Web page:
In November of 1990, MacWilliams (then Eckhart) told Carl Breitlow, the principal of the Fox River Middle School, that she was getting married and wanted an explanation of the non-cumulative leave provisions as written. Breitlow explained that as a general past practice, one non-cumulative day and one personal day could be used.

On November 29, 1990, MacWilliams sent Marta a letter requesting time off in March for her wedding on March 9, 1991. She stated that she wanted to take Friday, March 8th, and Monday, March 11th, as non-cumulative days, and requested personal leave for March 12th. Marta told Breitlow that MacWilliams could use a non-cumulative day on March 8th before the wedding and a personal day the following Monday, March 11th.

On either December 3 or 4, 1990, MacWilliams could not get to school due to a snow storm. At first, she planned on being paid that day by taking it as a personal day, but about December 11th, she changed her mind and asked to be docked and leave it as an unpaid day because she wanted to save her personal day for her wedding. Marta approved the unpaid day for December.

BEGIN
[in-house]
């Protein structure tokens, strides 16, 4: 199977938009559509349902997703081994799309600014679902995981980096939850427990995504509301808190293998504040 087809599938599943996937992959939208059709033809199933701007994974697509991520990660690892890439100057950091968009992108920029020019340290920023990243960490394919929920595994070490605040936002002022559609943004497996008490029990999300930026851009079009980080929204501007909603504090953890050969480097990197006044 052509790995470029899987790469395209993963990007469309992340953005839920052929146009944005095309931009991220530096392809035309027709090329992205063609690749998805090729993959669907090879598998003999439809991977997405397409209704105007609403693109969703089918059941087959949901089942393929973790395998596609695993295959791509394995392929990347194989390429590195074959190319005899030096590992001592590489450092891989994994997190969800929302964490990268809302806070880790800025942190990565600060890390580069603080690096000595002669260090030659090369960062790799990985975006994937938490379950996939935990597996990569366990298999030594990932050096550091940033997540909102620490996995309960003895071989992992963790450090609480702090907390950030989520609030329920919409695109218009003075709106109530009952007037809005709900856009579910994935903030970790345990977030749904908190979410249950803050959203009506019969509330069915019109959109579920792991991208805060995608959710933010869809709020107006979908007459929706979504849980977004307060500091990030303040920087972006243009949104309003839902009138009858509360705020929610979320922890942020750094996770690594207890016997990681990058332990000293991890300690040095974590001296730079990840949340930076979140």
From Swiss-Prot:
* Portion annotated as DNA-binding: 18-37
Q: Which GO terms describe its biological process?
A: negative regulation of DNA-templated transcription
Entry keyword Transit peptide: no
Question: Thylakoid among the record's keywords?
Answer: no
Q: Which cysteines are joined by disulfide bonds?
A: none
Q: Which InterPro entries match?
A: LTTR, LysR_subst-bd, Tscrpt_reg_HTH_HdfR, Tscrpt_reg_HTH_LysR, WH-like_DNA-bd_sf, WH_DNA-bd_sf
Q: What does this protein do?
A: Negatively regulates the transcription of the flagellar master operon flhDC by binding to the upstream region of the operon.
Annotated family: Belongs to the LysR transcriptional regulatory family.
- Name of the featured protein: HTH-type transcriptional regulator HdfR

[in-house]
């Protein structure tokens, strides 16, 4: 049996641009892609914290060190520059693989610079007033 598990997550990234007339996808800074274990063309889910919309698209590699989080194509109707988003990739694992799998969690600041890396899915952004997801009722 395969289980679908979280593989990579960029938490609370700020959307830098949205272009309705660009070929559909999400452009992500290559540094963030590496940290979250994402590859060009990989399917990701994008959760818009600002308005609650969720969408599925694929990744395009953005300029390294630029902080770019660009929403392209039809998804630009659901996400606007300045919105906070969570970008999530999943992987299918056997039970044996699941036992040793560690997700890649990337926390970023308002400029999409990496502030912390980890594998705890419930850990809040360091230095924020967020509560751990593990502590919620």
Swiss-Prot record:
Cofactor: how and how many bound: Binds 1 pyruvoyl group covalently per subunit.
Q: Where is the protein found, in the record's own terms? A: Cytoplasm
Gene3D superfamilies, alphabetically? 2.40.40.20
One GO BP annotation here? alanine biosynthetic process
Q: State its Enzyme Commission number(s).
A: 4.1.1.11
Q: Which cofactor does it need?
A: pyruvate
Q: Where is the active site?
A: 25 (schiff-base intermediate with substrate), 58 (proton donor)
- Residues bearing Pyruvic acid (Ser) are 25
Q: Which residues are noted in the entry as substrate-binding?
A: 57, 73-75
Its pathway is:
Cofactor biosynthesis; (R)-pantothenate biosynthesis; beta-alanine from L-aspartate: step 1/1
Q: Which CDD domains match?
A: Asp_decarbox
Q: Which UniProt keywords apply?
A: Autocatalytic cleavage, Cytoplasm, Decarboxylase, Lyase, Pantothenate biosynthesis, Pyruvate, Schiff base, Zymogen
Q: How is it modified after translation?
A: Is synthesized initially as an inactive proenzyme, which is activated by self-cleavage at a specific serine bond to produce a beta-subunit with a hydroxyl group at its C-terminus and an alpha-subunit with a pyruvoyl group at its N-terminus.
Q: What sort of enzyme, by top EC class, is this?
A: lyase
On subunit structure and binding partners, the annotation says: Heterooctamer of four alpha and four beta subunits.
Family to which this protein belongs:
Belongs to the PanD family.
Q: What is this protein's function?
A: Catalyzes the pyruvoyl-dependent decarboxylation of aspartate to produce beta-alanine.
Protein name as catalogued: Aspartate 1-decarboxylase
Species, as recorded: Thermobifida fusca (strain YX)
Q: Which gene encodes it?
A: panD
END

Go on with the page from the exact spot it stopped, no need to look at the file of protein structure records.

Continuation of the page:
MacWilliams reapplied to Marta for two non-cumulative days for her wedding and asked for a written response to her second request. On February 19, 1991, Marta wrote her the following note:

At the time of your request last fall, it was communicated to you that there is only one non-cum day granted for a wedding. That was granted for March 8th. Your personal day was granted for Monday, March 11th.